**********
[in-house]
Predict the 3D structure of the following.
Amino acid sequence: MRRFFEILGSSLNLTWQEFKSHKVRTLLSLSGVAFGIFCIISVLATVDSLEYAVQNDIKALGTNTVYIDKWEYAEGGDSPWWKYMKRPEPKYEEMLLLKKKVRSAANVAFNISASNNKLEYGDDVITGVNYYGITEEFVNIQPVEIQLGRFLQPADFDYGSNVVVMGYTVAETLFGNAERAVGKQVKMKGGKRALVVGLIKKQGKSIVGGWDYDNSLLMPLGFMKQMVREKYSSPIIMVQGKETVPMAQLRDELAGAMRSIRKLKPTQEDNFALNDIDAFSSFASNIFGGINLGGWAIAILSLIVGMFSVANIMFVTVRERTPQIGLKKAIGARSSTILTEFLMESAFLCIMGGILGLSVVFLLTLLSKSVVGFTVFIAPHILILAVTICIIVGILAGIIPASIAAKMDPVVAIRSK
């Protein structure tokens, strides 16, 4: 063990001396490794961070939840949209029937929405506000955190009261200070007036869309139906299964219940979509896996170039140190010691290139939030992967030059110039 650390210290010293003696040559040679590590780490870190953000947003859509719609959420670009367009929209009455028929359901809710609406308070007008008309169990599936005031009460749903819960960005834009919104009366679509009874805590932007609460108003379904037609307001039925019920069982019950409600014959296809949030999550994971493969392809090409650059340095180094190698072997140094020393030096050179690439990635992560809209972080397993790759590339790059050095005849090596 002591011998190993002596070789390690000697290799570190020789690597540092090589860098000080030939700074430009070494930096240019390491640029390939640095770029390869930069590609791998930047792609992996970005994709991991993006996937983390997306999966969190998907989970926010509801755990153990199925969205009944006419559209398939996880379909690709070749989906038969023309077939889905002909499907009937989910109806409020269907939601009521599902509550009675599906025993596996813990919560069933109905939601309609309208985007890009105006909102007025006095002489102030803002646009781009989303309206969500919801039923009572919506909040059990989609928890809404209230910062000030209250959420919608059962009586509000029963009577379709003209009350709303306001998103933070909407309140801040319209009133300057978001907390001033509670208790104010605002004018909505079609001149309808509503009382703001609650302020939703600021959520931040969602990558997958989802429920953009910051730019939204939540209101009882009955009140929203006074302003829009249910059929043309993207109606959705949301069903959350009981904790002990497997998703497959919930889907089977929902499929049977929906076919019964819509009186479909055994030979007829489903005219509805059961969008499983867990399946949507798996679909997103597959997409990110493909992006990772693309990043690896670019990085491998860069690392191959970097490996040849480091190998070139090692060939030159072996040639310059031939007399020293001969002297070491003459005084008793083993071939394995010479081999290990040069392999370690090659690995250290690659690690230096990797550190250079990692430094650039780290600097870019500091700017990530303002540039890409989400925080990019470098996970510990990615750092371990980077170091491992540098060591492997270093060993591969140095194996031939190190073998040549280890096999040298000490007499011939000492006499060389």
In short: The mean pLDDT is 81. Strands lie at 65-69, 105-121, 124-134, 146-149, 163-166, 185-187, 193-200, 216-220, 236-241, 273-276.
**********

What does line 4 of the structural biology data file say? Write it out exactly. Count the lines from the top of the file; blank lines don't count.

């Protein structure tokens, strides 16, 4: 063990001396490794961070939840949209029937929405506000955190009261200070007036869309139906299964219940979509896996170039140190010691290139939030992967030059110039 650390210290010293003696040559040679590590780490870190953000947003859509719609959420670009367009929209009455028929359901809710609406308070007008008309169990599936005031009460749903819960960005834009919104009366679509009874805590932007609460108003379904037609307001039925019920069982019950409600014959296809949030999550994971493969392809090409650059340095180094190698072997140094020393030096050179690439990635992560809209972080397993790759590339790059050095005849090596 002591011998190993002596070789390690000697290799570190020789690597540092090589860098000080030939700074430009070494930096240019390491640029390939640095770029390869930069590609791998930047792609992996970005994709991991993006996937983390997306999966969190998907989970926010509801755990153990199925969205009944006419559209398939996880379909690709070749989906038969023309077939889905002909499907009937989910109806409020269907939601009521599902509550009675599906025993596996813990919560069933109905939601309609309208985007890009105006909102007025006095002489102030803002646009781009989303309206969500919801039923009572919506909040059990989609928890809404209230910062000030209250959420919608059962009586509000029963009577379709003209009350709303306001998103933070909407309140801040319209009133300057978001907390001033509670208790104010605002004018909505079609001149309808509503009382703001609650302020939703600021959520931040969602990558997958989802429920953009910051730019939204939540209101009882009955009140929203006074302003829009249910059929043309993207109606959705949301069903959350009981904790002990497997998703497959919930889907089977929902499929049977929906076919019964819509009186479909055994030979007829489903005219509805059961969008499983867990399946949507798996679909997103597959997409990110493909992006990772693309990043690896670019990085491998860069690392191959970097490996040849480091190998070139090692060939030159072996040639310059031939007399020293001969002297070491003459005084008793083993071939394995010479081999290990040069392999370690090659690995250290690659690690230096990797550190250079990692430094650039780290600097870019500091700017990530303002540039890409989400925080990019470098996970510990990615750092371990980077170091491992540098060591492997270093060993591969140095194996031939190190073998040549280890096999040298000490007499011939000492006499060389």